13 Assassins (2010)
Takashi Miike’s dirty baker’s dozen set in the final days of feudal Japan has all you want from the prolific director: imaginatively gruesome violence, 1-on-100 fight scenes, and one-liners so tough you get the vapors. Nothing is cooler than Koji Yakusho unrolling a bloody scroll that reads “TOTAL MASSACRE,” before he and his dudes slice their way through the army of a murderous aristocrat. — Emily Yoshida

Jawbreaker (1999)
Chokers, spaghetti-strap tank tops, miniskirts, candy-colored everything, and exposed midriffs abound in this campy tale of murder and retaliation in snow-white suburbia. As queen mean girl Courtney, Rose McGowan turns in an all-time teen-villain performance, and the payoff moment in the finale truly is peachy fucking keen. — Jordan Crucchiola

The Equalizer (2014)
This is basically John Wick starring Denzel Washington, which means the protagonist is a stoic paternal figure with an almost divine sense of purpose: avenging the violent mistreatment of a young woman, played by Chloë Grace Moretz, at the hands of Russian gangsters. It actually came out the same year as Wick, but since it didn’t reinvent the revenge romp with breathtaking gun-fu, it didn’t get as much attention. Equalizer is more old-fashioned, with Washington defining his character in the tradition of Charles Bronson or Liam Neeson (or, as our chief film critic David Edelstein put it, he’s “Gandhi with a Glock”). — Jordan Crucchiola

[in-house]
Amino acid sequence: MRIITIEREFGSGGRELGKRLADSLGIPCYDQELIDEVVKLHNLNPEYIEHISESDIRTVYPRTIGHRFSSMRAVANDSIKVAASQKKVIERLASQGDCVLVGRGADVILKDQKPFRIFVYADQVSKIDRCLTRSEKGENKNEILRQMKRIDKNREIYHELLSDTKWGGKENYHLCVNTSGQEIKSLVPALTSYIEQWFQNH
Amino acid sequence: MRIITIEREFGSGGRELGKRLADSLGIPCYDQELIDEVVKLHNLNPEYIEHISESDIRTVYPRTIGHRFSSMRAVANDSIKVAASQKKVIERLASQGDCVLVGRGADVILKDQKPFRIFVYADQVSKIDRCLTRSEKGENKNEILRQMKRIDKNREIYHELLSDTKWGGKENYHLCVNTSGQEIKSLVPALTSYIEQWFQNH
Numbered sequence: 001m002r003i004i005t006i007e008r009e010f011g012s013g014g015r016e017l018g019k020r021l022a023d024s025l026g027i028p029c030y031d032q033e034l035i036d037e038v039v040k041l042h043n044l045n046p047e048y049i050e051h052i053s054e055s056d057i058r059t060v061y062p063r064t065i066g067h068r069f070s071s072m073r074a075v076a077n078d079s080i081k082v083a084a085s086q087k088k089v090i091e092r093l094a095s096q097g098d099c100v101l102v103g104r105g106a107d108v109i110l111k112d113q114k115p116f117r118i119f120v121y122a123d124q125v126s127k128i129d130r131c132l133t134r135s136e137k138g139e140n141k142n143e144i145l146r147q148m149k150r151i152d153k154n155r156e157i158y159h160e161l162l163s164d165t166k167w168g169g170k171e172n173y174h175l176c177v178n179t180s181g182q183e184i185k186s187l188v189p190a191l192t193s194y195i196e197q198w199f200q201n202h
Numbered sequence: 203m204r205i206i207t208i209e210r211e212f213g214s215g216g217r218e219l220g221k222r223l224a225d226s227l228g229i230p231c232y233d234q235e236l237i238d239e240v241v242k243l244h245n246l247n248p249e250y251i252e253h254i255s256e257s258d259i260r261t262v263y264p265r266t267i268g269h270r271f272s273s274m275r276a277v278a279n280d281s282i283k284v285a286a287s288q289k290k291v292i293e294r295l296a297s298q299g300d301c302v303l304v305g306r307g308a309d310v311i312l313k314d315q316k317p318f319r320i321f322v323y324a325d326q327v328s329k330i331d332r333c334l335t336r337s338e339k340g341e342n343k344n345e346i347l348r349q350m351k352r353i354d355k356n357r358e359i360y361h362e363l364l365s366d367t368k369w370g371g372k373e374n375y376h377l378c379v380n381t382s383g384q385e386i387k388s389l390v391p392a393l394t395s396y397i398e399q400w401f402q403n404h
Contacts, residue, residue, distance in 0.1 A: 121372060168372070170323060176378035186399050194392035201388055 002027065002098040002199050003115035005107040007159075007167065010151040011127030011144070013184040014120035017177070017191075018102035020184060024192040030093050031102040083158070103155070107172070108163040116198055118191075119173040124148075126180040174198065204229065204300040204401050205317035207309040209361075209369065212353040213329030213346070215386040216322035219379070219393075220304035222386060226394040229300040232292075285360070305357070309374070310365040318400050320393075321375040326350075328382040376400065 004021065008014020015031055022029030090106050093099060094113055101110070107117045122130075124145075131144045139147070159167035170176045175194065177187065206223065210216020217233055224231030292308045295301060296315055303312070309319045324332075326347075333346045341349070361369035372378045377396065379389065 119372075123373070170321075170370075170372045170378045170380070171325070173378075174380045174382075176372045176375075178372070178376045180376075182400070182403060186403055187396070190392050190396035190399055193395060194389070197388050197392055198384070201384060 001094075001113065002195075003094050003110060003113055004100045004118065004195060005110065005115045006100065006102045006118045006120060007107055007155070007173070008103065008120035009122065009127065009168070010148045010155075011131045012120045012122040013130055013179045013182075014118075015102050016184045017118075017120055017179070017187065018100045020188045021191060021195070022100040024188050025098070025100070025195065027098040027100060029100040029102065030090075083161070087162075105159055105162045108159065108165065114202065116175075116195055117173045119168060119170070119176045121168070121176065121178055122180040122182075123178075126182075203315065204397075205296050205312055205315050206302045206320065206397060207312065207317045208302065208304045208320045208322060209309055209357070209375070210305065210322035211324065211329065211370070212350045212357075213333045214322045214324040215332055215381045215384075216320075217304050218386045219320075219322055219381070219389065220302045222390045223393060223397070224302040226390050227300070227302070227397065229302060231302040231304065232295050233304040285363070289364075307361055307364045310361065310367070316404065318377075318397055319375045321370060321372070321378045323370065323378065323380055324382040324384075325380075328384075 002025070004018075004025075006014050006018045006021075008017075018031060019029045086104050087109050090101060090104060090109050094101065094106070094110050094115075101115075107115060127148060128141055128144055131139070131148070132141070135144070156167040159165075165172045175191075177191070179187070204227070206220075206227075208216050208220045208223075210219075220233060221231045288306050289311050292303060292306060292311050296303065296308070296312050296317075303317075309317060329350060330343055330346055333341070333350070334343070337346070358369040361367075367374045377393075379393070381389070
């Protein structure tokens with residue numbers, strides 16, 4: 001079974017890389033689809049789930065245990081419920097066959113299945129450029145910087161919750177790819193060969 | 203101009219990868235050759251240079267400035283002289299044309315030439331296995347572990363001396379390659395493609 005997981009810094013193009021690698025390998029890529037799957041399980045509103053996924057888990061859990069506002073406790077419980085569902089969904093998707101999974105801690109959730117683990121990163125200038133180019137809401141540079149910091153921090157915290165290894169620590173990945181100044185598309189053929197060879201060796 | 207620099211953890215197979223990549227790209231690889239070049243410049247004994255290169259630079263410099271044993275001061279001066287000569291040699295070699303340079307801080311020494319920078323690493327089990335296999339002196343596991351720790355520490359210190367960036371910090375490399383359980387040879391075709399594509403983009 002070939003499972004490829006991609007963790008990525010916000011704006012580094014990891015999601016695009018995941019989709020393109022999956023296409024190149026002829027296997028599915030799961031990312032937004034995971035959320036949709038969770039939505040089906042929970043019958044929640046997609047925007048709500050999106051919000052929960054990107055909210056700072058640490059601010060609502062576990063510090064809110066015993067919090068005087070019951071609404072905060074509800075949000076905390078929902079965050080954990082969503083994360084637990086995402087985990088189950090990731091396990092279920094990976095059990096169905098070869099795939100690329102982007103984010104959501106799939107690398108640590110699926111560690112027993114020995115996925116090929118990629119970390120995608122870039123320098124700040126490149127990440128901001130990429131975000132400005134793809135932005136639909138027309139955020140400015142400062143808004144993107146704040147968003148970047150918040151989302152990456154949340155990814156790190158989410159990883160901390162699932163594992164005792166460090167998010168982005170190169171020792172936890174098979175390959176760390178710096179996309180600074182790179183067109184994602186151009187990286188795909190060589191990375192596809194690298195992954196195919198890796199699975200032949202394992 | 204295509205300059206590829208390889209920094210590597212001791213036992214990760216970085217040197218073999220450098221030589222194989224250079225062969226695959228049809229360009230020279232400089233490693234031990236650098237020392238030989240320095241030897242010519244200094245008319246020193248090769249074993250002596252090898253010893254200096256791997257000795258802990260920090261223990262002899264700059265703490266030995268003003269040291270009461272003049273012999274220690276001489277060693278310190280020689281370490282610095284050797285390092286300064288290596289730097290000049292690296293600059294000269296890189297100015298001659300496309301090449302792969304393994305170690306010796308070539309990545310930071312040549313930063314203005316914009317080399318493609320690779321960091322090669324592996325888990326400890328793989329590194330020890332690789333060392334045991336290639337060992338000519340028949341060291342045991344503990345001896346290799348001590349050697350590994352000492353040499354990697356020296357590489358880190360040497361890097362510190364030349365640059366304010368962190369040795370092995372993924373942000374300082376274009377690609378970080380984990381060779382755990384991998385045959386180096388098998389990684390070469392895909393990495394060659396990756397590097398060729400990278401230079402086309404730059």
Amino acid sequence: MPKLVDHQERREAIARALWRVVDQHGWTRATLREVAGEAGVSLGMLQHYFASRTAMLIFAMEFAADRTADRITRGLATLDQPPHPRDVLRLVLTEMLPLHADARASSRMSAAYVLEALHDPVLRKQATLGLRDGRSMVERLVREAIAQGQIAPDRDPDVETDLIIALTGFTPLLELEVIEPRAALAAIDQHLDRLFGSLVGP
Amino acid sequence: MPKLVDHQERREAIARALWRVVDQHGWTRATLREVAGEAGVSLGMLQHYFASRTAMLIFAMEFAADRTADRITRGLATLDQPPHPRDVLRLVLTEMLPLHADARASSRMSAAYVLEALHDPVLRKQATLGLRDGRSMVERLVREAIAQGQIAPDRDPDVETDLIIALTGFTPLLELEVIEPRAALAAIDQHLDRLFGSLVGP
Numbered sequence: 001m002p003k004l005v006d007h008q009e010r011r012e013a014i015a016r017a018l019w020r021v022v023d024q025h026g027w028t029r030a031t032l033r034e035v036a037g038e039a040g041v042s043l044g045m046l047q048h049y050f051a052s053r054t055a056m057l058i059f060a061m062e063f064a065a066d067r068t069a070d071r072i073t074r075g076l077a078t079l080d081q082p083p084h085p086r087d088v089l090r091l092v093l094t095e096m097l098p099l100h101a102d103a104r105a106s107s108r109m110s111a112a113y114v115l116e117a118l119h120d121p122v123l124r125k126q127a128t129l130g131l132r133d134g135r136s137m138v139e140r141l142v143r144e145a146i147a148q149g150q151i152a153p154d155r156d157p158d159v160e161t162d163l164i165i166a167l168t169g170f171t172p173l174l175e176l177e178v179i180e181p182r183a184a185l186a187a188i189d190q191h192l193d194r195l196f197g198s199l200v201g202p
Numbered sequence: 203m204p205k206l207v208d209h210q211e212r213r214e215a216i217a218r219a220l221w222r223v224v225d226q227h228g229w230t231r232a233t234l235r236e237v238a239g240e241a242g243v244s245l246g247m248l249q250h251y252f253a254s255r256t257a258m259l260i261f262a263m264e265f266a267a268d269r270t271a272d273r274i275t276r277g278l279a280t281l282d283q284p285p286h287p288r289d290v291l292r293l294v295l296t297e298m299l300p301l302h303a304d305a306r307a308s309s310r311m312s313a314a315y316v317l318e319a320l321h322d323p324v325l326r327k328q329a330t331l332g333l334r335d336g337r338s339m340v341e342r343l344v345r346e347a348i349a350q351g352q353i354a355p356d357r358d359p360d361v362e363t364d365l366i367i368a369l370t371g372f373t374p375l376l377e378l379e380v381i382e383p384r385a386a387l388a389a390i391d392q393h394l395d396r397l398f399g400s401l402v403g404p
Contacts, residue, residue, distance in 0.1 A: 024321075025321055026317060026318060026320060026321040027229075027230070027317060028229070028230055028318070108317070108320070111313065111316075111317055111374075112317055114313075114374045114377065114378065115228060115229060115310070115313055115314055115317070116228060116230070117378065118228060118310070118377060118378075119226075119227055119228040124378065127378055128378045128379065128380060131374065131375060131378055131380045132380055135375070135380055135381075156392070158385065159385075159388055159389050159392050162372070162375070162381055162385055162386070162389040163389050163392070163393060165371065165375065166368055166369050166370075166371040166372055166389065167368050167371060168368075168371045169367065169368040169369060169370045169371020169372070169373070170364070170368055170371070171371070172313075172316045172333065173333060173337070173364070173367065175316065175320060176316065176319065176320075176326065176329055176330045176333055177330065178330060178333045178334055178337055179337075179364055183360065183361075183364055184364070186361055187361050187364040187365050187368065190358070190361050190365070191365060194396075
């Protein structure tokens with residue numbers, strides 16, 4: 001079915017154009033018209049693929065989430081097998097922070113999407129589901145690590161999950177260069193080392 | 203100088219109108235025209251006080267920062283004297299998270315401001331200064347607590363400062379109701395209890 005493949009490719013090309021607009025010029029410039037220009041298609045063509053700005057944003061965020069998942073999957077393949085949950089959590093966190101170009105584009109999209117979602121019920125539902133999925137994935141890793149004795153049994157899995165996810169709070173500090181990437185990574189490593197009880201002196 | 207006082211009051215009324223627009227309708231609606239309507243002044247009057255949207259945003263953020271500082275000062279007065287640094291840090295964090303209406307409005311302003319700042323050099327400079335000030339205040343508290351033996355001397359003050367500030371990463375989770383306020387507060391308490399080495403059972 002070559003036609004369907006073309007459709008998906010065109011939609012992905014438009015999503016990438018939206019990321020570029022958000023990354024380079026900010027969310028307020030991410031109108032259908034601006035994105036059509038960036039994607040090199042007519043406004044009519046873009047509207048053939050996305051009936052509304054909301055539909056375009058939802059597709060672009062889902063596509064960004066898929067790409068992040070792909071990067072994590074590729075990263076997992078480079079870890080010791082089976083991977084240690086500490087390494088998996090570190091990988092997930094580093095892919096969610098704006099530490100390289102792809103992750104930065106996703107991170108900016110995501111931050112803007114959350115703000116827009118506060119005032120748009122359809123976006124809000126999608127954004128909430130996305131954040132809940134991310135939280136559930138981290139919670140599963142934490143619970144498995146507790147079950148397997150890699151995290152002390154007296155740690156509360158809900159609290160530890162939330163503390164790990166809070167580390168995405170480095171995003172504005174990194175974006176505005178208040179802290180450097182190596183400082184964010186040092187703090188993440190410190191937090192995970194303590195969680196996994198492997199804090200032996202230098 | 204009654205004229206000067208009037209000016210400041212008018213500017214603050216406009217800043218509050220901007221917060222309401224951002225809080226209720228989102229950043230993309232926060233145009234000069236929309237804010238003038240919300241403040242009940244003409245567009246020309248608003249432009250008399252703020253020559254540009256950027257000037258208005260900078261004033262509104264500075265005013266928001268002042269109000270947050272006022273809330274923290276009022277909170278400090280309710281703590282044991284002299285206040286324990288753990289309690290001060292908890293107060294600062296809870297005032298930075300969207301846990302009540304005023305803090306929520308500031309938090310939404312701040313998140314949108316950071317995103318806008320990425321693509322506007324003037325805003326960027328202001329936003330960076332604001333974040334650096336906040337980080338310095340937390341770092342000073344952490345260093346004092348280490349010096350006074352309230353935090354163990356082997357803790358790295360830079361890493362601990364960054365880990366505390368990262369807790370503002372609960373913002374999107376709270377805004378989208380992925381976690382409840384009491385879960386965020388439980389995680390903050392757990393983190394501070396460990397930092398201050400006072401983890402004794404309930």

Carrie (1976)
One of the greatest horror films of all time doubles as one of the most memorable revenge stories. At this suburban high school, nobody breaks a tiara into pieces so everyone can share it. There’s no adult with strong morals to step in and rescue Carrie (Sissy Spacek) from her bullies, or from her insane zealot of a mother (Piper Laurie). There’s just one increasingly uncontrollable, telekinetic girl who’s had enough of being put down. — Jordan Crucchiola

Let the Right One In (2008)